In November's Gothic Art in Spotlight I am going to write about Kim Simonsson's creepy yet witty sculptures. I first saw some of them in an exhibition in Helsinki 2013 and again today in an exhibition in Lahti, which is another Finnish city. That exhibition is open till 18th of January 2015 and Lahti is situated an hour drive or a train journey away from Helsinki. If somebody is visiting Helsinki in near future, it would be easy to go and check the exhibition in Lahti too.
|"Lisa and Louise" just like in The Shining!|
Simonsson is a distinguished artist, he was nominated as the Young Artist of the Year 2004. He has had several exhibitions, for example in the world contemporary ceramics exhibition, "Trans Ceramic Art" in Korea 2005 and a review of his art has been published in the webpage of New York Times.
How to describe the works of Simonsson? Cuteness of the statues is combined with subtle or sudden cruelty. The dark eyes of the statues can start to look more and more maleficent the longer one stares them. There are also macabre statues positioned next to the cute and innocent, like the black pile of dead deer titled "Bad Shepherd". Bad Shepherd was not in the exhibition in Lahti but there was a composition named "Deer Boy". At first those little animals seem to be sleeping but their fur is all worn out and they look more dead to me at lest.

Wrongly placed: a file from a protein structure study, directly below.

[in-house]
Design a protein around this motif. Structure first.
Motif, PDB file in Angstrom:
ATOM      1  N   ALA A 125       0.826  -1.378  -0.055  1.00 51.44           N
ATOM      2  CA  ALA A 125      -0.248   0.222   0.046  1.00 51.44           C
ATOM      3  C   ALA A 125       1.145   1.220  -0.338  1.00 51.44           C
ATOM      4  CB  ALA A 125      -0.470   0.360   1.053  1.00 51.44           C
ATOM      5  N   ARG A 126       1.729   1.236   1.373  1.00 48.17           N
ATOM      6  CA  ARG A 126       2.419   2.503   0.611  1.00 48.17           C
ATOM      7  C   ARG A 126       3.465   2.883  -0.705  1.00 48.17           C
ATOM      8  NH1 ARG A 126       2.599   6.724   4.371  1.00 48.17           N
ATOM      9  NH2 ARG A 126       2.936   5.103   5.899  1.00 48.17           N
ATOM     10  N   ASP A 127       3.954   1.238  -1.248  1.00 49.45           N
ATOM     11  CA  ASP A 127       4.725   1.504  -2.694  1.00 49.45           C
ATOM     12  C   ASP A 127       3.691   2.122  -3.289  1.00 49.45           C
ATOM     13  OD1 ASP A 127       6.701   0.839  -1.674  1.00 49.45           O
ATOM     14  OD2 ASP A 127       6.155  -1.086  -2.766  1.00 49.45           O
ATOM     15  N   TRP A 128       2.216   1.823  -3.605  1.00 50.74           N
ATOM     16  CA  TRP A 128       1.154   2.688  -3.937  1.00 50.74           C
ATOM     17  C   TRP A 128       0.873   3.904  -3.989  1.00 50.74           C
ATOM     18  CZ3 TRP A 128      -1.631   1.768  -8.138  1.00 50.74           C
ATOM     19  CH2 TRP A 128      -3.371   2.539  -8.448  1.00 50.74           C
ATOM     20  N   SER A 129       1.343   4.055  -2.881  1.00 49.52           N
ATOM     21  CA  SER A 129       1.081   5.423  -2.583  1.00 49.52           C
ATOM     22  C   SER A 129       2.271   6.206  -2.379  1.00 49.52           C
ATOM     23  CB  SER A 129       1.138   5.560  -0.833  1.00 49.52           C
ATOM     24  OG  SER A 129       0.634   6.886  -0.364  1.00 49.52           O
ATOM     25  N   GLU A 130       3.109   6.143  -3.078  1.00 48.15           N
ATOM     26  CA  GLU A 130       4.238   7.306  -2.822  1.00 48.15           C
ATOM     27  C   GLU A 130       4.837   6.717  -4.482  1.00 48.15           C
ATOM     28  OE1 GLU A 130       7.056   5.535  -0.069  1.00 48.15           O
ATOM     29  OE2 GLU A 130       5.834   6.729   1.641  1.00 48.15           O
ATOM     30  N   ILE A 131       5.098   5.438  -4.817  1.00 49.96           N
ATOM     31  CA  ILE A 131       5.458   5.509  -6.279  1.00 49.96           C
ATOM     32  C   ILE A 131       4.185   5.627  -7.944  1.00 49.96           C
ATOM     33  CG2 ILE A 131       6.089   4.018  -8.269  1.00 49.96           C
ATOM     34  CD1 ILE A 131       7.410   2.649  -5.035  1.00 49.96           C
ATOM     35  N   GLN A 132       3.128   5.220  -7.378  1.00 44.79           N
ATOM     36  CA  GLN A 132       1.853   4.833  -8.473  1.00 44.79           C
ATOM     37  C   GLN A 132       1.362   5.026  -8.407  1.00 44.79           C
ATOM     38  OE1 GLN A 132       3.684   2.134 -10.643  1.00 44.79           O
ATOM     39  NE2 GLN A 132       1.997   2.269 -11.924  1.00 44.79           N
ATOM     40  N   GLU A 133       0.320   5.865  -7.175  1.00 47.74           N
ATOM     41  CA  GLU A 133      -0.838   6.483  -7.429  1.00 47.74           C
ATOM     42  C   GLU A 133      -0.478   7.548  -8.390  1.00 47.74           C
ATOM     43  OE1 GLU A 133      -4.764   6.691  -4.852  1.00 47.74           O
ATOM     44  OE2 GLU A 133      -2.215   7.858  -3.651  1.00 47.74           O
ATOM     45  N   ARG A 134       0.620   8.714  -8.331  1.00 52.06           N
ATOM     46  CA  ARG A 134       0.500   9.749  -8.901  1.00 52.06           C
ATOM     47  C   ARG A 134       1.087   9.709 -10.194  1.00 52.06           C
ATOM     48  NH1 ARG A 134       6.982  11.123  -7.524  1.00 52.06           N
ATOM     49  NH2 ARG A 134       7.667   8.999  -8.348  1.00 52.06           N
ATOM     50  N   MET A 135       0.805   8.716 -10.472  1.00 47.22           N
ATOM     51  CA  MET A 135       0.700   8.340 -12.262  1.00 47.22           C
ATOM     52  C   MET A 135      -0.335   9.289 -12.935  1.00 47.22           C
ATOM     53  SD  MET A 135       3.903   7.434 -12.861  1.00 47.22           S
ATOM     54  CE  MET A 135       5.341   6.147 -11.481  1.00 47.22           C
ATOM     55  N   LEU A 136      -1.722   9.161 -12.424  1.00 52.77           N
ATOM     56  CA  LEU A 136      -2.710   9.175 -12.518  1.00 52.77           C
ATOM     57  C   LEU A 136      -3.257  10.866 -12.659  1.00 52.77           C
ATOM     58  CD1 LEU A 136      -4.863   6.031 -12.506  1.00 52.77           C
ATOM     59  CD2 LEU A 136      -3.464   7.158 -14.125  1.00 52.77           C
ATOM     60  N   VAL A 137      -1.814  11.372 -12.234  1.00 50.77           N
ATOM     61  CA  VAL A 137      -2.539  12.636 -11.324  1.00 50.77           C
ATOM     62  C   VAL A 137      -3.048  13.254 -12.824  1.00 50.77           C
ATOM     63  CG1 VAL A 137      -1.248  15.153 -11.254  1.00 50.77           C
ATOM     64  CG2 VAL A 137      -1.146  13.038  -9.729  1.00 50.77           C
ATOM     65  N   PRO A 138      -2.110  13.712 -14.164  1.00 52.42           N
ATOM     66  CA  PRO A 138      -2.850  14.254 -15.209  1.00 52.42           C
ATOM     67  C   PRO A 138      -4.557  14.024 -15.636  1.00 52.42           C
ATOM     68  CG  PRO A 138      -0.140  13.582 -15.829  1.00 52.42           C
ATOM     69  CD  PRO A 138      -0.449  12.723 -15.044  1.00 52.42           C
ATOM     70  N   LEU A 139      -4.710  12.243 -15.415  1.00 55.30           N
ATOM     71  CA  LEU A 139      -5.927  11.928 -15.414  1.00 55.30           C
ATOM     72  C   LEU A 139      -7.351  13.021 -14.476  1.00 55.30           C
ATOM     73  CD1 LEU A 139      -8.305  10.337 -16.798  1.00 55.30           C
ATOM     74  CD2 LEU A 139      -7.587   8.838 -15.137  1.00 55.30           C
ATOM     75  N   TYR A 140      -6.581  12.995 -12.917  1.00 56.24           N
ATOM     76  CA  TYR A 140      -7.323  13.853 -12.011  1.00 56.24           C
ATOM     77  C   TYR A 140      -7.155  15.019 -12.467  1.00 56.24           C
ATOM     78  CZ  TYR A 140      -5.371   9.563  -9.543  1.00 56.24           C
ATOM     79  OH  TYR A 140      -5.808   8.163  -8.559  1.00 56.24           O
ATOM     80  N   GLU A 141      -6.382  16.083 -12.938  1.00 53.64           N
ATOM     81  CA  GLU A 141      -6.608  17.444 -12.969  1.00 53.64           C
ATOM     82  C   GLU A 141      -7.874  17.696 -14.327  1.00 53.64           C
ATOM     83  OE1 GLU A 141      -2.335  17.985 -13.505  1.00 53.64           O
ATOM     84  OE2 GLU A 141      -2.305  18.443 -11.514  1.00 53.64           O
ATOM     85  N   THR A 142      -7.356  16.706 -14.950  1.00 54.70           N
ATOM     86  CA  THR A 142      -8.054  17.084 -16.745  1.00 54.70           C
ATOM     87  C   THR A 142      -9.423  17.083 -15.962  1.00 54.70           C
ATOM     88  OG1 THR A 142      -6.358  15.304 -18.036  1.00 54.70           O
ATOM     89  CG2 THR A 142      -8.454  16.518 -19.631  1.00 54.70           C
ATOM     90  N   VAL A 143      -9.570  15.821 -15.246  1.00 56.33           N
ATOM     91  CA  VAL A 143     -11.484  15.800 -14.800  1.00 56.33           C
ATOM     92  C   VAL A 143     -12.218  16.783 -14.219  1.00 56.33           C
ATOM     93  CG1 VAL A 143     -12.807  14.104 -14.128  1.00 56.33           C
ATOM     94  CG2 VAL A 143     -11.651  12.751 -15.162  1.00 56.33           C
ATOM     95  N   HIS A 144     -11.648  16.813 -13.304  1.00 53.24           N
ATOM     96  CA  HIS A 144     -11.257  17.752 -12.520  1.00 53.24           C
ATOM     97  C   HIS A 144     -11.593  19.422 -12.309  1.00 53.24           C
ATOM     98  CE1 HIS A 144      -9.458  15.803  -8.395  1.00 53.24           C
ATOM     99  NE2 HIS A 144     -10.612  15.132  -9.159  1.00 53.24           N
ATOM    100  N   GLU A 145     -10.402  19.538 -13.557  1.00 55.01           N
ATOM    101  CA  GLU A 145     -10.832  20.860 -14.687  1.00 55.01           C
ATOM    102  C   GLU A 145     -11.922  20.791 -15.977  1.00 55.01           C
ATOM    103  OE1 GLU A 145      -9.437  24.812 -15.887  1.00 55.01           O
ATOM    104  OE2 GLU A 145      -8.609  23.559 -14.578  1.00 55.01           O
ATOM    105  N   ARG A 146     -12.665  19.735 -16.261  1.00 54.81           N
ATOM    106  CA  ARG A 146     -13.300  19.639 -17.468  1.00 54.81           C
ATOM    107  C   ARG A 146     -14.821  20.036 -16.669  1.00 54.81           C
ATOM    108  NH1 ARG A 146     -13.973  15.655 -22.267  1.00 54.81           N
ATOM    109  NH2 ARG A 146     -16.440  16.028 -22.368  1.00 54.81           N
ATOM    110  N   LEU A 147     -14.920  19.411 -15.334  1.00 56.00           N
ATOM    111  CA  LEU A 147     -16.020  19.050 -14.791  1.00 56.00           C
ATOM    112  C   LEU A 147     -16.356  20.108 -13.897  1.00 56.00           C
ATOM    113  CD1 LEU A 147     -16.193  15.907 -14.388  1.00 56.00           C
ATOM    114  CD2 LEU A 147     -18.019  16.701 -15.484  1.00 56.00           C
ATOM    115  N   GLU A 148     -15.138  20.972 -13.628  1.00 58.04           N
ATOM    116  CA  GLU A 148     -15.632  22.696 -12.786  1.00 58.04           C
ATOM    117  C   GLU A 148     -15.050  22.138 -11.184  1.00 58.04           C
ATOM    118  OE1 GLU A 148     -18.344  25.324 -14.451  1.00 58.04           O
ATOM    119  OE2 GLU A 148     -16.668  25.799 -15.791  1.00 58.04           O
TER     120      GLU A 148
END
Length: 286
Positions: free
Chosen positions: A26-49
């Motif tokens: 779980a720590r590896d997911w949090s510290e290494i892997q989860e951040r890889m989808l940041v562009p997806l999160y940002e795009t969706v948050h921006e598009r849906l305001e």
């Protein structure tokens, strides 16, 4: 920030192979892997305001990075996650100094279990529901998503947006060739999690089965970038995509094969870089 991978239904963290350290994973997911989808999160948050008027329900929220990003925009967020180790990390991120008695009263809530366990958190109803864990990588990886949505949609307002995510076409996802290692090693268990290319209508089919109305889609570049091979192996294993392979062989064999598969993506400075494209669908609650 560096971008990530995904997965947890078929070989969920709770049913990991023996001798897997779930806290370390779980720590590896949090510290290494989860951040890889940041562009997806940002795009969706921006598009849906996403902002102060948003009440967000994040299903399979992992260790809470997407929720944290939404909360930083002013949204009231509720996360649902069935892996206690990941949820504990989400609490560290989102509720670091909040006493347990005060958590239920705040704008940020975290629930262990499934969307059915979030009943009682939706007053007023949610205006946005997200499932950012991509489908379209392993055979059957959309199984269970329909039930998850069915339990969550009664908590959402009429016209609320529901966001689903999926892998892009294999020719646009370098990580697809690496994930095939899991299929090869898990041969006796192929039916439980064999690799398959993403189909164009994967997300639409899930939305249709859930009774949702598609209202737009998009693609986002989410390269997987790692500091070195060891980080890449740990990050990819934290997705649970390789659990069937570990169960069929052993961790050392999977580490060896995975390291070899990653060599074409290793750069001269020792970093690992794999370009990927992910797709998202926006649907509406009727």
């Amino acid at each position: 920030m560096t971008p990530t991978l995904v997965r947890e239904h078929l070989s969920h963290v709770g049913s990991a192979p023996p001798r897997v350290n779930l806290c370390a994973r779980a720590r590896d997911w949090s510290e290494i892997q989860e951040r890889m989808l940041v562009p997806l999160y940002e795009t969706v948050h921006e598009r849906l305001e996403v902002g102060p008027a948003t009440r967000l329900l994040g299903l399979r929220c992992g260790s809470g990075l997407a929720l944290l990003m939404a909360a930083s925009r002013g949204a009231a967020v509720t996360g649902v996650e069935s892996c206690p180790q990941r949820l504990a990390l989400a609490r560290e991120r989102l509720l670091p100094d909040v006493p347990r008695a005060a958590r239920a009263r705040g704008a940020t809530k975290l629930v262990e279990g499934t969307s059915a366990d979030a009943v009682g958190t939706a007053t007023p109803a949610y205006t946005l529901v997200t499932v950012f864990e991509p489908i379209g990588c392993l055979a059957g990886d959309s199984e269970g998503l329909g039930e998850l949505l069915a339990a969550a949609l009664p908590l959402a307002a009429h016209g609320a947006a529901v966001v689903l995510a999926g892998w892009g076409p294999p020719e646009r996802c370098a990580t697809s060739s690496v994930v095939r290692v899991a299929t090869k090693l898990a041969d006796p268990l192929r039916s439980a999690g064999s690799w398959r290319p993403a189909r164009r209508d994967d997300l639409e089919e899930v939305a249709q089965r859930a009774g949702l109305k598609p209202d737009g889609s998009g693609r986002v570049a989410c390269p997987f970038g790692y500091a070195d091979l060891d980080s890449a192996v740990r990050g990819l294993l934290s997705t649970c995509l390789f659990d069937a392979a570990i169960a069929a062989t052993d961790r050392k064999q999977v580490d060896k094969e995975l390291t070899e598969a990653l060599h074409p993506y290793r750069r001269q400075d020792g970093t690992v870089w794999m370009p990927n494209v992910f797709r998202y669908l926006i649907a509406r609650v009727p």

|Not so spooky from behind, I guess.|
|Lighted close-up to show the weariness.|
|As if the boy is suffocating it with his boot!|
In the exhibition a year ago the statues were strictly ceramics with paint and occasional silvered glass. In today's exhibition I saw new sculptures coated with nylon thread. If I understood correctly, electricity is used to make this beautiful green:
The next is one of my favourites, the "Killer of Swan-Snake". As you can see, this small child has ripped off the head of the creature.
I do apologize the quality of photos, once again I had only my phone with me, not a proper camera. :(
On Simonsson's webpage reads that "[H]e combines the innocent with an odd agenda" which I think is a very accurate way to define the statues of manga-like children. There is something estranging in those statues of children and animals.
I think that is also the very essence of today's gothic aesthetics; feeling alienated from the "normal" world and sinking willingly into the estrange.